The recent killing of 14 civilians by security forces in Nagaland’s Mon district has brought AFSPA (Armed Forces Special Powers Act) back under scrutiny. AFSPA was enacted by Parliament in 1958 to control the insurgency infested areas or regions that have largely been under contention between the government and human rights groups. The later has been accusing security forces of committing atrocities under the grab of AFSPA.
AFSPA gives armed forces in the country special powers to control ‘disturbed areas’. These ‘disturbed areas’ are designated by the government when it is of the opinion that a region is in such a precarious situation that the use of armed forces in aid of civil power is necessary.
The area or region to be declared ‘disturbed,’ according to Union Home Ministry notification is when: “In relation to any State or Union territory to which this Act extends, the Governor of that State or the Administrator of that Union territory or the Central Government, in either case, is of the opinion that the whole or any part of such State or Union territory, as the case may be, is in such a disturbed or dangerous condition that the use of armed forces in aid of the civil power is necessary, the Governor of that State or the Administrator of that Union territory or the Central Government, as the case may be, may, by notification in the Official Gazette, declare the whole or such part of such State or Union territory to be a disturbed area.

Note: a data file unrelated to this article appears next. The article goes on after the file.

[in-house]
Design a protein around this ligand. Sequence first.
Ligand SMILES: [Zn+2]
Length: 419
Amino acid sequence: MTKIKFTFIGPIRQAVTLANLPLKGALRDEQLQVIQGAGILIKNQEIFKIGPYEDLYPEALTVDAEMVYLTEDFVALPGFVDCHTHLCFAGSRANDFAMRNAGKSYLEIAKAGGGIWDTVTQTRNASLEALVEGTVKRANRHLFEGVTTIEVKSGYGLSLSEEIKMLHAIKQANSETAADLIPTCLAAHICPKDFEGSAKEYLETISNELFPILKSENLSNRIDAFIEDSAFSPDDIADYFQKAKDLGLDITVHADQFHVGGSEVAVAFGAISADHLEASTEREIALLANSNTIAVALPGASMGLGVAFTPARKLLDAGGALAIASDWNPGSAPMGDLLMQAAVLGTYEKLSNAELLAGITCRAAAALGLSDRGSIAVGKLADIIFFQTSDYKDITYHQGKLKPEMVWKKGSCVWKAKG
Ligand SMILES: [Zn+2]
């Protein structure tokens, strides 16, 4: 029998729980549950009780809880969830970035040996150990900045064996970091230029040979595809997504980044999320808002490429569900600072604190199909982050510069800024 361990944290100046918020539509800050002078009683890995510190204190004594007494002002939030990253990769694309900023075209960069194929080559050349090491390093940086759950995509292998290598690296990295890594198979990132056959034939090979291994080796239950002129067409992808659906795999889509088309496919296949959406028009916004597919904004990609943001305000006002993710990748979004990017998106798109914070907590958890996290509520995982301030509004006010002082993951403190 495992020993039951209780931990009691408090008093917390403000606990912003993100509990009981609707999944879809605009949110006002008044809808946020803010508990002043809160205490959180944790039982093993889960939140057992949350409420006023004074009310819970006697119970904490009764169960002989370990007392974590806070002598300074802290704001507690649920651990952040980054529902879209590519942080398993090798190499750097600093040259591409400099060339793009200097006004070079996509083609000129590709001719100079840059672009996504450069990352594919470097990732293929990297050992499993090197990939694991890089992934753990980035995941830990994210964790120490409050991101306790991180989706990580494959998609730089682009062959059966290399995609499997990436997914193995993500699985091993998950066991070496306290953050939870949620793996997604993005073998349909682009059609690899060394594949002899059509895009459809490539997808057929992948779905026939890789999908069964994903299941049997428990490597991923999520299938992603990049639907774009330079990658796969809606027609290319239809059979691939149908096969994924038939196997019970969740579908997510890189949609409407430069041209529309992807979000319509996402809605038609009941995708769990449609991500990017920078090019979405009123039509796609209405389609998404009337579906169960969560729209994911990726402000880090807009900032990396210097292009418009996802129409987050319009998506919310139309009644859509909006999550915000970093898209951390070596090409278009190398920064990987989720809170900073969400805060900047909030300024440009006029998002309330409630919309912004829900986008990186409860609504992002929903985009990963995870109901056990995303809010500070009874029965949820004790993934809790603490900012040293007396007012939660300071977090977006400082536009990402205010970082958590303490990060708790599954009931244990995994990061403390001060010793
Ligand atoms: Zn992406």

How AFSPA empowers security forces?
Under its provisions, the armed forces have been empowered to open fire, enter and search without warrant, and arrest any person who has committed a cognisable offence, all while having immunity from being prosecuted.
AFSPA also mandates
“Any person arrested and taken into custody under this Act shall be made over to the officer in charge of the nearest police station with the least possible delay, together with a report of the circumstances occasioning the arrest.”
Where is AFSPA contentious?
Under the law “no prosecution, suit or other legal proceeding shall be instituted”, except with the previous sanction of the Central Government, against any person “in respect of anything done or purported to be done in exercise of the powers conferred by this Act”.
The areas in India currently where AFSPA is in effect
It was initially aimed to counter Naga insurgency, while it was extended to Arunachal Pradesh, Assam, Manipur, Meghalaya, Mizoram, Nagaland and Tripura. Subsequently, the law also has undergone several amendments. At present, AFSPA is in effect in Jammu and Kashmir, Nagaland, Assam, Manipur (excluding seven assembly constituencies of Imphal) and parts of Arunachal Pradesh.
Where has AFSPA been repealed?
It has been repealed where insurgencies have subsided, and the government deems it fit to pass the baton of law and order to the respective state police. AFSPA was repealed in Tripura in 2015, and in 2018 the Centre also removed Meghalaya from the list, while also restricting its use in Arunachal Pradesh.